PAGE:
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- Understanding delay and fill-mode
- Dictating an animation's direction
- Using easing
- Adding keyframes
- Looping an animation
- Chaining multiple animations on one element
- Setting up the HTML structure
Skill Level Intermediate
The web design community is full of helpful people, and because of that we've got a lot of great online tools to help you create CSS animations. We've touched on some of these tools throughout the course, so here's the full list of the ones I find the most useful. CSS3Please and CSS3Generator are wonderful online tools for generating correct animation code and previewing what it might look like. Both allow you to edit values live on the page. For example, things like your duration, and actually see the results live after you type them.
Once you've got something you like, you can just copy and paste the code snippet and use it however you'd like. CSS3Generator works in a similar way, but you just first need to pick what you want to work from, from their list, and then it gives you a series of options to work with. The two best tools out there for generating your own cubic Bezier functions for easing and timing functions are Ceaser and cubic-bezier.com. Ceaser allows you to pick from a list of common presets based on things like the popular Penner Easing Equations as well as others. And you can also edit the graph yourself for custom results.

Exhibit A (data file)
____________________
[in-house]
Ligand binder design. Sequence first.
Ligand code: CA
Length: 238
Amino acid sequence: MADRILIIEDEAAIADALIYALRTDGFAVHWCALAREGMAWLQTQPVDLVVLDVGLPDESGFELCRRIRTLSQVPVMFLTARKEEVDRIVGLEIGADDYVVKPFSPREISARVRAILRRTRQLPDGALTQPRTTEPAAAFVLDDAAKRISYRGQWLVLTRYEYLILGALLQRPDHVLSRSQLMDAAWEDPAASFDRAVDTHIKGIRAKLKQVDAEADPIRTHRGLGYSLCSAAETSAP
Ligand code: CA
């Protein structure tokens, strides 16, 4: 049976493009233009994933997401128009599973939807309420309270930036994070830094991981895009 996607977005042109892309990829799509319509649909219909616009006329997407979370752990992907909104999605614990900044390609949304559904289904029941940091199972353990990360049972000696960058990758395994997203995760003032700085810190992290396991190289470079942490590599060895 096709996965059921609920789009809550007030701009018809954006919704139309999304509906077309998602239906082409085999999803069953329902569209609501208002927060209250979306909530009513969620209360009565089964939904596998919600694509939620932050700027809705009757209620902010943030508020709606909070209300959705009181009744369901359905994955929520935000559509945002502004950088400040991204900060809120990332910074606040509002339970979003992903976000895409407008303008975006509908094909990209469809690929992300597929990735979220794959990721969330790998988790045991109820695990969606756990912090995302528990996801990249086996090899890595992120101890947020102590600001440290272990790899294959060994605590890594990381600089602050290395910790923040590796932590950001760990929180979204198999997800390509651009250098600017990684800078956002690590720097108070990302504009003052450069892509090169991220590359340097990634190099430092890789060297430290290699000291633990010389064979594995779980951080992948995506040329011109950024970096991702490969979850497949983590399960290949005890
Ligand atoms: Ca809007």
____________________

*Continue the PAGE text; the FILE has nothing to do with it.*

So we can pick from this entire list of presets and also edit the handles to create our own curve. I use Ceaser the most when I have a particular type of motion in mind, and I'm looking for the equation that will help to find it the best. Cubic-bezier.com doesn't have as many preview options, but it does give you the ability to compare the easing results from two different graphs, which is really helpful. In this example, I would be comparing the ease keyword graph against the linear keyword graph. I can just hit GO and see how they would work against each other.
You can also create custom graphs here and then bookmark them for sharing with your team later. That's very handy. And then there is the URL that reflects the same numbers I have up here, and that's how you can bookmark them. If you hate working from a blank slate as much as I do, there are tools like animate.css and animatable to help you start with something more than just a blank file. Animate.css is both a live demo and a downloadable library with CSS animation presets that you can use in your own projects. The best way to use these is at the starting point.
Find one that's close to the effect that you want to create and edit it to fit what you have in mind. Tweaking some existing code is often easier than starting from scratch. Animatable is a visual and functional account of the CSS properties that can be animated. It's a long list, but the site is a lot more fun than just reading the W3C spec. Last, but certainly not least, if you're ever curious about the proper use of animation syntax or the reasoning behind any of it, CSS tricks and the W3C spec are where to go.
It's true that the W3C spec on animations is a very dry read, but the in-depth explanations behind the spec are pretty useful. For friendlier explanations, CSS tricks have been covered. There's an entire section in the Almanac on animations and many of the post include tips on using animations and other CSS3 properties in the real world. These sites are all ones that I use regularly when working on a project with animations, and I hope you find them helpful too.